As Rod says,
by MarkFlax - 1/20/08 3:17 AM
In Reply to: That's a lot! by taurus5621
having more than one anti-spyware utility does no harm.
There's a difference between anti-virus and anti-spyware. It is not wise to have more than one anti-virus running at the same time because anti-virus utilities check every bit of data coming into your computer, from the internet, or from emails, or CD/DVD's, etc for any data that exhibit virus like qualities, and so if more than one were running at the same time they would 'fight' for the right to check the data first. However, you can have more than one anti-virus and keep the other as an occasional manual checker. Personally I don't.
Anti-spyware is different. Like Rod I have more than one anti-spyware utility although I only have one running in the background continuously. But it does no harm to have more than one running. I use the others regularly for manual scans. Neither the anti-virus nor anti-spyware utilities have drivers because they are just software based and they do not run hardware.
Viruses are software that either do direct damage to your system or they drop other software that does other things, like spyware, trojans, etc. Spyware does what it says, they 'spy' on your computer usage. They can take many forms, and some are useful. For example, cookies can either be helpful or not. A cookie is a small text file that is installed on your computer by many web sites when you visit them. CNET drops cookies onto your system and these help you when you re-visit CNET. However some cookies spy on you to target you to display appropriate adverts on the web site, etc.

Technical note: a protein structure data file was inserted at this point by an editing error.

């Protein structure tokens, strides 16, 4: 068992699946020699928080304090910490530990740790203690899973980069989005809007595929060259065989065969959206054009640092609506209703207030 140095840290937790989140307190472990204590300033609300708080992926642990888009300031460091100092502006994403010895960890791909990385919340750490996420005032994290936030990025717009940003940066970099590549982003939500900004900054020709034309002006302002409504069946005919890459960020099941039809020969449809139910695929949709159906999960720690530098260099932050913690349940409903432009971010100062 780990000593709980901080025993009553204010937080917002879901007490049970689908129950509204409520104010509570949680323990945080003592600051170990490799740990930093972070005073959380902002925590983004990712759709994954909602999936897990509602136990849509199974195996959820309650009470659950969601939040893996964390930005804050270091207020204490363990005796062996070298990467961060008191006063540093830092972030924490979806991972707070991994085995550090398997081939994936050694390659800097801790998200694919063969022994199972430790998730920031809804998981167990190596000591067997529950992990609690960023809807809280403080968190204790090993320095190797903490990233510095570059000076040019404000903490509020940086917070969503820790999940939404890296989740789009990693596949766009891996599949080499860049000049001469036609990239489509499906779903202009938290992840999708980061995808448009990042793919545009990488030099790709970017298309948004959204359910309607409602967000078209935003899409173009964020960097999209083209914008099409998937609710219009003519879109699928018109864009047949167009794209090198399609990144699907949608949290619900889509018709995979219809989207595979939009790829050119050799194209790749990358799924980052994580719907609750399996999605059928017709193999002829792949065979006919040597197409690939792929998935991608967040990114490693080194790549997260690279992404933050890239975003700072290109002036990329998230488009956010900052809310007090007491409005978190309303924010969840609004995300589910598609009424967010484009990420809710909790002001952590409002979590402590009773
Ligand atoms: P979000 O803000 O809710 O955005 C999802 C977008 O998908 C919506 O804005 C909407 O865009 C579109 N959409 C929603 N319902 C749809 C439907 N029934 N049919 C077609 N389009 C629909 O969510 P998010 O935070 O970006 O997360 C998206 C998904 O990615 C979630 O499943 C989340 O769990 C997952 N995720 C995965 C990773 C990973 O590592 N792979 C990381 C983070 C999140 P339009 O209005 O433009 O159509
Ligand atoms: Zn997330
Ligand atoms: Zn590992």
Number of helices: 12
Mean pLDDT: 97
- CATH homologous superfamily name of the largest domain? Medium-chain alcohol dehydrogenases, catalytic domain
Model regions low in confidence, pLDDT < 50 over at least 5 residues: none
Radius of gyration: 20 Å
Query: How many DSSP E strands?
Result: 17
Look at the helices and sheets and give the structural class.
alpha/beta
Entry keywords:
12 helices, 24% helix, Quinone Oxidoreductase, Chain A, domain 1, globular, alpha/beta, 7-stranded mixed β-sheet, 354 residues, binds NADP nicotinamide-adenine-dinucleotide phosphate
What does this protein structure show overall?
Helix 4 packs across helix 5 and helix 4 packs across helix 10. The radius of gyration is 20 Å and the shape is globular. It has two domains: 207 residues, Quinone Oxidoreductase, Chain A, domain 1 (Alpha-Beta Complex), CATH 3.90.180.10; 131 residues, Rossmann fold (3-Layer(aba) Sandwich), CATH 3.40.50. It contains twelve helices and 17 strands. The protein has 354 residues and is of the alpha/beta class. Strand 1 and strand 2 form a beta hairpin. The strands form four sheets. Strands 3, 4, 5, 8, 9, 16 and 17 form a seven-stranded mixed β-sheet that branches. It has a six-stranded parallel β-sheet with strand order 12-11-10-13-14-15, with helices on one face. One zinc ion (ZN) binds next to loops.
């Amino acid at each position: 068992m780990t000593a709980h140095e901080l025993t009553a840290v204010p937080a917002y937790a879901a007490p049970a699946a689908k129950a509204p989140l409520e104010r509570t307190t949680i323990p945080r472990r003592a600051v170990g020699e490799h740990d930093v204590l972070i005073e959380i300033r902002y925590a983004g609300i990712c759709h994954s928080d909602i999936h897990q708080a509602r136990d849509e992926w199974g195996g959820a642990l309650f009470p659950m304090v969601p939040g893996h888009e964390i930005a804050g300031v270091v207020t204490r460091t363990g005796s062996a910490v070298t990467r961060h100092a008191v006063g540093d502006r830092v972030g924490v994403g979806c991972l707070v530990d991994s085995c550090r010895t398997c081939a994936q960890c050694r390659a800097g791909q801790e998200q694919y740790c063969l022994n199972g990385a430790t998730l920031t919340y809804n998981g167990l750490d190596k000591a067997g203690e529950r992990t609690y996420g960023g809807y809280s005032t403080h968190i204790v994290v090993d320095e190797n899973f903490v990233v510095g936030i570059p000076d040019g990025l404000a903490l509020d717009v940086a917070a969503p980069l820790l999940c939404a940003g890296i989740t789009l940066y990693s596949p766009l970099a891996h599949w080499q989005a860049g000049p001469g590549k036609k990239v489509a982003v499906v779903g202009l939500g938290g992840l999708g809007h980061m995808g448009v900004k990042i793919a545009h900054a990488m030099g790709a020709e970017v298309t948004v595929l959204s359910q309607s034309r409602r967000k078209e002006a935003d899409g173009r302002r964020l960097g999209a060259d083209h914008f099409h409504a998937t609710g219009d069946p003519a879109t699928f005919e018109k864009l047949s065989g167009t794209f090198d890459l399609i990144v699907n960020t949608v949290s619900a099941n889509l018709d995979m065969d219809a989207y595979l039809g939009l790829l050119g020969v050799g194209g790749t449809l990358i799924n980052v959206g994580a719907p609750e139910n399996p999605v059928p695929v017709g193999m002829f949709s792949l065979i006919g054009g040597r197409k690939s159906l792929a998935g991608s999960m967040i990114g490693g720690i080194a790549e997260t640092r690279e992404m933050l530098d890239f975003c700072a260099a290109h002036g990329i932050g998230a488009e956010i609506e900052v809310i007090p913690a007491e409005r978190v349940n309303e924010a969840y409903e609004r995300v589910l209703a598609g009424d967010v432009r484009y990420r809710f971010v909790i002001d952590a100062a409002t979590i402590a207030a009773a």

Other spyware is more serious. They can cause pop-up advert windows, or can spy on your passwords, credit card details or other personal details, and 'phone home'.
Registry cleaners are not anti-virus or anti-spyware and I would say that their usefulness is on the wane. With older Windows Operating Systems like Win 95, 98, ME they were handy to keep the registry mean and clean, because those systems tended to 'fall over' if the registry became corrupt. But newer OSs like XP and Vista are much more robust and can handle their registry's better. Registry Cleaners nowadays will only usefully clean out orphan registry entries, those entries that are not deleted when a program is uninstalled. but if a registry is badly damaged, by a virus, etc, then Registry Cleaners can do more damage than good. It is best to use backups, or to remove the damage with professional virus cleaners and/or specialists, as can be found when using specialist HiJackThis, (HJT), forum experts who will step users through which entries to delete/modify, etc. Registry Cleaners can be very dangerous to a user if he does not understand what he is clicking to remove, and I no longer use them on my XP machine except for a general purpose cleaner like CCleaner, which cleans out all my temp files and temporary internet files, and also looks for orphan registry entries.
Sorry, but the advice that anti-spyware uses drivers is wrong, drivers may be affected by spyware or viruses, but the anti-spyware and anti-virus utilities do not use drivers.
I hope that helps.
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